I’m in a bar in Mexico City with an old friend, watching the man behind the counter muddle powdered turmeric into our tumblers. It’s a few days after the tragic earthquake that claimed 369 lives across the country this past autumn, and he was one of the first people on the scene after wrapping up a reporting trip in Florida for Hurricane Irma. As acquaintances go, we’re on a once-every-three-years rotation, which means we’ve not spoken since the Trump election, and the gravitational pull toward that topic is about as unavoidable as it is unpleasant. We’ve covered all the classic dude chapters — girlfriends, jobs, money — and now it was time to dive headfirst into the gnawing anxiety that colors even the lightest pleasantries in our brave new world.
Fortunately, my friend hit me with the clarion call of neue-bro wokeness, the secret handshake of progressive fuckboidom. As the bartender delivered our scarlet cocktails, my friend looked me dead in the eyes and said, “Do you listen to Chapo Trap House?”
The rest of the conversation will probably sound extremely familiar. My friend told me that for years he identified as a center-left Jon Stewart-type, but was radicalized quickly and efficiently in the carnage that followed Trump’s ascendency. He started listening to Chapo, a comedy podcast recorded by a small group of disaffected Leftists that picked up steam after the election, and now stands as the urtext for this particular segment of acerbic, web-literate, Clinton-debasing socialism. (It’s been featured and codified in everything from The New Yorker to The Guardian.) From there, he started to seriously engage with a revolutionary posture that once seemed beyond the pale. “I’m in my mid-30s, and I’ve become a radical Leftist,” he says, nine months since the election, as the bar’s in-house DJ throws on another chilly house remix.
I’m a cis white man, and I’m friends with a number of other cis white men. Every single one of them has expressed, at the very least, an interest in anti-capitalism over the past year. Most of them are also people who have never held a polemicist interest in politics over the entire time I’ve known them, so it’s been strange to witness such a dramatic shift in our discourse so quickly. The bro-ification of the Left has also gone viral; ground zero might be Chapo Trap House, but it’s long since metastasized. There is, for example, a Pateron for a podcast that advertises itself as the home for anyone “who’s wondered what Karl Marx would have thought about Sonic 3.” It’s bringing in $2,000 a month.
Obviously, America’s renewed interest in socialism isn’t limited to angry white men. The Democratic Socialists of America (DSA) was first founded in 1982, and since Trump’s election, it’s been in the middle an all-time boom period, now standing at 25,000 members, making it the largest socialist organization in America since the turn of the 20th century. But Bro Leftism is an interesting development — especially in terms of how all those bros relate to the socialists who came before them.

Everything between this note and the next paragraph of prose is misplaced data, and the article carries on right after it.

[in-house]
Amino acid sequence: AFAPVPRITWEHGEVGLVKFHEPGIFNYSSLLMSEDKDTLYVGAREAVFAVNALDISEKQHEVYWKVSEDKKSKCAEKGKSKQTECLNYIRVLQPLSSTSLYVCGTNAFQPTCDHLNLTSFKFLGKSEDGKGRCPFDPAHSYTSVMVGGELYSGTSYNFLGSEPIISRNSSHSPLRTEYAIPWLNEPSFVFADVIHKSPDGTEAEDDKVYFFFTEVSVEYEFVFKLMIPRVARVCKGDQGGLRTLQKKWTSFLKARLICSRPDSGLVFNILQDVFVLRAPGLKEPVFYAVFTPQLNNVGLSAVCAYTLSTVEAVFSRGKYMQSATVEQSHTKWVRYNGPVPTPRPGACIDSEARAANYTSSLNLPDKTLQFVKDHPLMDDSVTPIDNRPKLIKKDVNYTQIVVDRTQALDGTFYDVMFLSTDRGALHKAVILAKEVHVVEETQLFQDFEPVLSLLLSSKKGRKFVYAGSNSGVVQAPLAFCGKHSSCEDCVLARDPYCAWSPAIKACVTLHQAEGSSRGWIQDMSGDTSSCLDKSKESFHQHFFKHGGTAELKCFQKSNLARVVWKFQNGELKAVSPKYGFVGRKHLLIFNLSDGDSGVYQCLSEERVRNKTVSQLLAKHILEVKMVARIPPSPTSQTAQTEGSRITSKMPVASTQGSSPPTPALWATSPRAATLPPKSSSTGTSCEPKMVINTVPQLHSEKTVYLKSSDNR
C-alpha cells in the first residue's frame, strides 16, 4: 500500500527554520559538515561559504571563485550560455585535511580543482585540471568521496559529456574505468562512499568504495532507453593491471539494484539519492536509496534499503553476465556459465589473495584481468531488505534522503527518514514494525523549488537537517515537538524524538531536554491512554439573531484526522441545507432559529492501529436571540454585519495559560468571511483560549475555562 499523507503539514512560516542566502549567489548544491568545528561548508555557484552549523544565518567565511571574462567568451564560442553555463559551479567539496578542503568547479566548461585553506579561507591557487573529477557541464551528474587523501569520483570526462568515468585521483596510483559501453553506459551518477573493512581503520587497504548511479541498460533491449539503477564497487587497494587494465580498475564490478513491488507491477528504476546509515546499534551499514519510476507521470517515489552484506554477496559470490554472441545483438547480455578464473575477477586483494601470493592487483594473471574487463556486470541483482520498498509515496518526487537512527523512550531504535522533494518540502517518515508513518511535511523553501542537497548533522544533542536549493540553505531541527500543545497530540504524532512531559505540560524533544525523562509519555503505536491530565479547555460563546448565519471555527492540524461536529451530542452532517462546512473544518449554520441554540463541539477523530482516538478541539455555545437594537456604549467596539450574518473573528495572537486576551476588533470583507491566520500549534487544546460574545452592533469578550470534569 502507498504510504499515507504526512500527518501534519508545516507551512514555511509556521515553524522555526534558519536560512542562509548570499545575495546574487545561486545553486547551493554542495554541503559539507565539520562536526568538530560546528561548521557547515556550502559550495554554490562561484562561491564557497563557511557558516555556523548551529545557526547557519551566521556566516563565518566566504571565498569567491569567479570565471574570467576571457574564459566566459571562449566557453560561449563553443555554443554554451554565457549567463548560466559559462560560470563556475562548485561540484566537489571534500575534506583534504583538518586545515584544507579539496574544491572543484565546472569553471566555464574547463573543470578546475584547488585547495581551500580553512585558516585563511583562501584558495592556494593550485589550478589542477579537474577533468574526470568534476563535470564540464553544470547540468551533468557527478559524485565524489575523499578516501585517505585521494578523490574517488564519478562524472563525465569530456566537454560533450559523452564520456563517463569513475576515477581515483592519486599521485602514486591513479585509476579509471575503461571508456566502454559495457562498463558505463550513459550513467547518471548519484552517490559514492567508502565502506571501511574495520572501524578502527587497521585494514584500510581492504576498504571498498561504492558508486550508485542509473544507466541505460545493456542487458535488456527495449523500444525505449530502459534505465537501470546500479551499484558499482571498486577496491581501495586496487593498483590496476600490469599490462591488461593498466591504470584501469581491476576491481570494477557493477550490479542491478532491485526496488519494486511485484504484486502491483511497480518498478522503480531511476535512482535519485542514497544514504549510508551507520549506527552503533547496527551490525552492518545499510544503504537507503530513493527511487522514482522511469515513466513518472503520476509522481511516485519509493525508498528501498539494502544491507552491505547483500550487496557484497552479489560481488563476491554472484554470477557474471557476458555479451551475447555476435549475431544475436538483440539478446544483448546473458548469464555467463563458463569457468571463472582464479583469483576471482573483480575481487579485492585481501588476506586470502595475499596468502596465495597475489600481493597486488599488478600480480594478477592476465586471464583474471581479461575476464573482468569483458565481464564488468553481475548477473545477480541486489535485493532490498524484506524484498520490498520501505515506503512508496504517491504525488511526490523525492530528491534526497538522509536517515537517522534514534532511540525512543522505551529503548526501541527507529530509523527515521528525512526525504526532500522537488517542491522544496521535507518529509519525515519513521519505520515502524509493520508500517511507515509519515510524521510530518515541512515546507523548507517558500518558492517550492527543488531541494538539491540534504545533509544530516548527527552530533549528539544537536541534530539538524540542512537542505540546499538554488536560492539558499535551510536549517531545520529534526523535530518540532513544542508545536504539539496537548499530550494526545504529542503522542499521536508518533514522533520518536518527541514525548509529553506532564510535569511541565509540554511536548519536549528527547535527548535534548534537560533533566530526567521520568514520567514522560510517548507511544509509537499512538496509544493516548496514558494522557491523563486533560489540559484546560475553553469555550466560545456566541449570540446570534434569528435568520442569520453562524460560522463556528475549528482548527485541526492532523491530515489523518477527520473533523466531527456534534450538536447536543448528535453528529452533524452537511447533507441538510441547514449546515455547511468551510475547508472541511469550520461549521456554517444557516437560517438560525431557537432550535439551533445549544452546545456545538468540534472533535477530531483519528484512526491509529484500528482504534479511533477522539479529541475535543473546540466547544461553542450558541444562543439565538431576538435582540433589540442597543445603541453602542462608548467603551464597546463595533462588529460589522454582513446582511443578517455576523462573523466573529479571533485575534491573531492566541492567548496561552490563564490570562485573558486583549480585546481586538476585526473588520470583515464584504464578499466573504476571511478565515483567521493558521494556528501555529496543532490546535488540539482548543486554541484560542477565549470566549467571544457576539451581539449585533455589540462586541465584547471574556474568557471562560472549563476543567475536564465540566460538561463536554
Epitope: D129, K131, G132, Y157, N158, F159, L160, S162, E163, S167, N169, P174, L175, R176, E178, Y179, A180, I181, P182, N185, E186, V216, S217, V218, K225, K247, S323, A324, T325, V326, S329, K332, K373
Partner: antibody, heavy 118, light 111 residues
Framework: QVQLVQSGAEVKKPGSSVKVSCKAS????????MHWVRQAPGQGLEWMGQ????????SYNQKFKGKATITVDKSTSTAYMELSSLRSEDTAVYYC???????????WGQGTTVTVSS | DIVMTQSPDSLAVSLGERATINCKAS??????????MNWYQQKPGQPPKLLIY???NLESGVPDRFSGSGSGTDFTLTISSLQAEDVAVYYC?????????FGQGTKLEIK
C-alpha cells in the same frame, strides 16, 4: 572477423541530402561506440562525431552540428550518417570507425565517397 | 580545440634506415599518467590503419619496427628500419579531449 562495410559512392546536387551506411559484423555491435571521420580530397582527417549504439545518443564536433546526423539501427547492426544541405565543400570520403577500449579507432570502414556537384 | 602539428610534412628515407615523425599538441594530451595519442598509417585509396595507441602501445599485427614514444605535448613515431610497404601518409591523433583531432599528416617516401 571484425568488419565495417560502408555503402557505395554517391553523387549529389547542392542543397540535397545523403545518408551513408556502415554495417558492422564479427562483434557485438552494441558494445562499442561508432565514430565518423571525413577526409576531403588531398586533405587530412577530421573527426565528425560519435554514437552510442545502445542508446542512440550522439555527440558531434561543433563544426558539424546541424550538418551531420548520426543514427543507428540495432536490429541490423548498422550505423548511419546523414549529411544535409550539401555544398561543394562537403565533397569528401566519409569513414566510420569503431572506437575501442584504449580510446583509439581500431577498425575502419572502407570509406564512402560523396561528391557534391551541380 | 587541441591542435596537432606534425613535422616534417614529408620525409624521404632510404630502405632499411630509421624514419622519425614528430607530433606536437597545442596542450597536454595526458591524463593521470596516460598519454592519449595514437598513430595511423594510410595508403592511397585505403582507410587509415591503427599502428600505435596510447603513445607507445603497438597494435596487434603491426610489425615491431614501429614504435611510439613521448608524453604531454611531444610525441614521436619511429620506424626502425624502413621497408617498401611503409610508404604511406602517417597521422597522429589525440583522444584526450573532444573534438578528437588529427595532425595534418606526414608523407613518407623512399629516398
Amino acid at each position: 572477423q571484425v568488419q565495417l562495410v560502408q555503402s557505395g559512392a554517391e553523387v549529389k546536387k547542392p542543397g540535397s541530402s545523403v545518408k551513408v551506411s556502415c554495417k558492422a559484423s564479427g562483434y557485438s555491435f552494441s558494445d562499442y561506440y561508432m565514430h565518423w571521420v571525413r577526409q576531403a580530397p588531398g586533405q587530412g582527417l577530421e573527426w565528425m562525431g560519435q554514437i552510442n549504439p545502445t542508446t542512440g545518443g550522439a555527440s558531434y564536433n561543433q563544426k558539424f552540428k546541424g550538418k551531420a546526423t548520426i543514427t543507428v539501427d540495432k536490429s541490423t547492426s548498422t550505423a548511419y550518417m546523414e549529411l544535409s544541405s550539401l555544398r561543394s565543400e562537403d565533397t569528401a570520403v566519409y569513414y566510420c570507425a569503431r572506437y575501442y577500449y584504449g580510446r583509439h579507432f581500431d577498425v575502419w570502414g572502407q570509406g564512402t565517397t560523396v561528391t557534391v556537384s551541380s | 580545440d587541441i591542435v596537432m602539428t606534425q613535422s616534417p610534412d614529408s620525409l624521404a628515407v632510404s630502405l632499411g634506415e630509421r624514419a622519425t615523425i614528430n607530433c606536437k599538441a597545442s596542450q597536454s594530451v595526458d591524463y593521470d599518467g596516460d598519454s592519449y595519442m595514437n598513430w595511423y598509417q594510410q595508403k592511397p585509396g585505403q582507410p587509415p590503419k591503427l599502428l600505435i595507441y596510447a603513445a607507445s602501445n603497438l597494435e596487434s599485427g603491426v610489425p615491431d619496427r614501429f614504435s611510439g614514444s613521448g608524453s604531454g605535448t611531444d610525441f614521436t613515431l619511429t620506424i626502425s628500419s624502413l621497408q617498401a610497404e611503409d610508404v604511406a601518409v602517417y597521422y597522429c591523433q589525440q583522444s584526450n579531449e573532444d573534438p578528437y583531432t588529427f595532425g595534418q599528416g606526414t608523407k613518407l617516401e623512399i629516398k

And so, I recently reached out to Chris Riddiough, a longtime D.C. queer socialist who first got involved in the movement in the late 1970s, and joined up with DSA in the early 1980s. (Currently, she serves on the organization’s National Political Committee.) For almost 40 years then, she’s watched the peaks and valleys of the American Left, and she’s had a particularly up-close view of the new millennial white-male insurgency, making her the perfect person to highlight what these new members should keep in mind.
Don’t look down on identity politics.
One of the legitimately concerning parts of the white male wave of socialism is the perceived rejection of the dialogue around race, gender and identity that defined the cultural exchange during the latter Obama years. There was no shortage of cranky thinkpieces announcing the death of identity politics after Trump’s victory, mostly from moderates, but also a few from white men on the Left who could never relate to the conversation, or worse, saw it as childish.
“There’s this thing called ‘class reductionism’ that doesn’t take into account how class affects women and people of color, differently. Intersectionality, as Kimberlé Williams Crenshaw illustrates in one of her first articles, is how black women in legal cases could represent neither African-Americans nor women, while white women could represent all women,” says Riddiough. “I think saying everything is based on class is too simple, and we need to move beyond that. Socialist feminism is one of the ways we can do so.”
The global Left movement is obviously rooted in the grievances of marginalized communities — like the black socialist civil-rights activists James Ford and Edna St. Vincent Millay, or the German pre-war communist legislator Clara Zetkin. Riddiough is concerned that our modern conception of the DSA might seal off access points for women if the base is presented as a compositely white, male organization. “For instance, when you look back to the Women’s March, it was relatively diverse, but most of those women haven’t gotten involved in what I would consider a Left organization. That’s partly because there isn’t a clear feminist perspective in a lot of [those organizations.] A lot of us in DSA consider ourselves socialist feminist, but it’s not dominant, I’d say.”